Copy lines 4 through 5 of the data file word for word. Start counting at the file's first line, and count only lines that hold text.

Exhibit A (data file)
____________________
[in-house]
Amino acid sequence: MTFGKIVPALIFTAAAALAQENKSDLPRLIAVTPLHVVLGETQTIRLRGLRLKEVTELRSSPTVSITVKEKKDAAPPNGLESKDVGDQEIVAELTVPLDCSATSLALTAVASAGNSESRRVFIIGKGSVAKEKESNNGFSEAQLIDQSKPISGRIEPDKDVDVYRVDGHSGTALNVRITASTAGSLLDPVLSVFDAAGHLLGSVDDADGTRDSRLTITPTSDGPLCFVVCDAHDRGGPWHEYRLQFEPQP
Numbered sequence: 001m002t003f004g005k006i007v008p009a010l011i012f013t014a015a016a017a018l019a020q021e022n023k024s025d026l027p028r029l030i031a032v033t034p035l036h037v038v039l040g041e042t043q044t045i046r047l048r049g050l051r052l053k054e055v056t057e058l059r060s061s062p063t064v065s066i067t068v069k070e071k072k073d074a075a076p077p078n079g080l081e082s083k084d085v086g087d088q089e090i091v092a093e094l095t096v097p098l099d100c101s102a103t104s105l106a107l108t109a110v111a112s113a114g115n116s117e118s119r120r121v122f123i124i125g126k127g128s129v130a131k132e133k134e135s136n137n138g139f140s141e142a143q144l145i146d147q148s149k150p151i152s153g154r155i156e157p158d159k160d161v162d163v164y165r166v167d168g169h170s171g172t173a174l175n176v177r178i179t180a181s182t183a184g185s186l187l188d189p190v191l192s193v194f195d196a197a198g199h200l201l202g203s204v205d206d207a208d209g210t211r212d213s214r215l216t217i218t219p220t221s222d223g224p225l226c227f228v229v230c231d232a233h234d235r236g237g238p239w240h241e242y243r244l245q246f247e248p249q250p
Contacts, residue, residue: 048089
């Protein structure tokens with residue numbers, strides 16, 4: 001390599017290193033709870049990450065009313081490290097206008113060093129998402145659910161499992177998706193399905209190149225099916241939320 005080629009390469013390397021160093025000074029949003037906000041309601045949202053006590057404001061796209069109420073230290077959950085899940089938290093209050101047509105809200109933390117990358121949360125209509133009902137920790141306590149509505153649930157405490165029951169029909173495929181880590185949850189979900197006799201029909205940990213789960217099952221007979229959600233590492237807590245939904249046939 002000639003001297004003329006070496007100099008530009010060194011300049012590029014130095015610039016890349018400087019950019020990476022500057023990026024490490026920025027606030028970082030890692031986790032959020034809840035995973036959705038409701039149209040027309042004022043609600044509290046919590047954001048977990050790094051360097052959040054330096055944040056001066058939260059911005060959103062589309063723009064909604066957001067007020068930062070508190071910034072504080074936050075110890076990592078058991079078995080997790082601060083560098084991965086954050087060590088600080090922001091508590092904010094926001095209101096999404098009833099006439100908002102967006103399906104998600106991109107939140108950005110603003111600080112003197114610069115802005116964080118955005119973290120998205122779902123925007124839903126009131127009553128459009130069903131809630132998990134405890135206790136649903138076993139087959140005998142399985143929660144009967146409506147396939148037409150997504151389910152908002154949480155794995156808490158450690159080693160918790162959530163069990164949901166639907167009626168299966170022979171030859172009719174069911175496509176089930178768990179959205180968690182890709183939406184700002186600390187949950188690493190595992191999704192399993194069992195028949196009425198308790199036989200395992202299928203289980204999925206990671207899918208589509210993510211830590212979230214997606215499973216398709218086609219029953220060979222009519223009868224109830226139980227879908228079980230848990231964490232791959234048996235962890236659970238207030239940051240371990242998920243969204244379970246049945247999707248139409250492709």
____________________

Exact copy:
Contacts, residue, residue: 048089
């Protein structure tokens with residue numbers, strides 16, 4: 001390599017290193033709870049990450065009313081490290097206008113060093129998402145659910161499992177998706193399905209190149225099916241939320 005080629009390469013390397021160093025000074029949003037906000041309601045949202053006590057404001061796209069109420073230290077959950085899940089938290093209050101047509105809200109933390117990358121949360125209509133009902137920790141306590149509505153649930157405490165029951169029909173495929181880590185949850189979900197006799201029909205940990213789960217099952221007979229959600233590492237807590245939904249046939 002000639003001297004003329006070496007100099008530009010060194011300049012590029014130095015610039016890349018400087019950019020990476022500057023990026024490490026920025027606030028970082030890692031986790032959020034809840035995973036959705038409701039149209040027309042004022043609600044509290046919590047954001048977990050790094051360097052959040054330096055944040056001066058939260059911005060959103062589309063723009064909604066957001067007020068930062070508190071910034072504080074936050075110890076990592078058991079078995080997790082601060083560098084991965086954050087060590088600080090922001091508590092904010094926001095209101096999404098009833099006439100908002102967006103399906104998600106991109107939140108950005110603003111600080112003197114610069115802005116964080118955005119973290120998205122779902123925007124839903126009131127009553128459009130069903131809630132998990134405890135206790136649903138076993139087959140005998142399985143929660144009967146409506147396939148037409150997504151389910152908002154949480155794995156808490158450690159080693160918790162959530163069990164949901166639907167009626168299966170022979171030859172009719174069911175496509176089930178768990179959205180968690182890709183939406184700002186600390187949950188690493190595992191999704192399993194069992195028949196009425198308790199036989200395992202299928203289980204999925206990671207899918208589509210993510211830590212979230214997606215499973216398709218086609219029953220060979222009519223009868224109830226139980227879908228079980230848990231964490232791959234048996235962890236659970238207030239940051240371990242998920243969204244379970246049945247999707248139409250492709």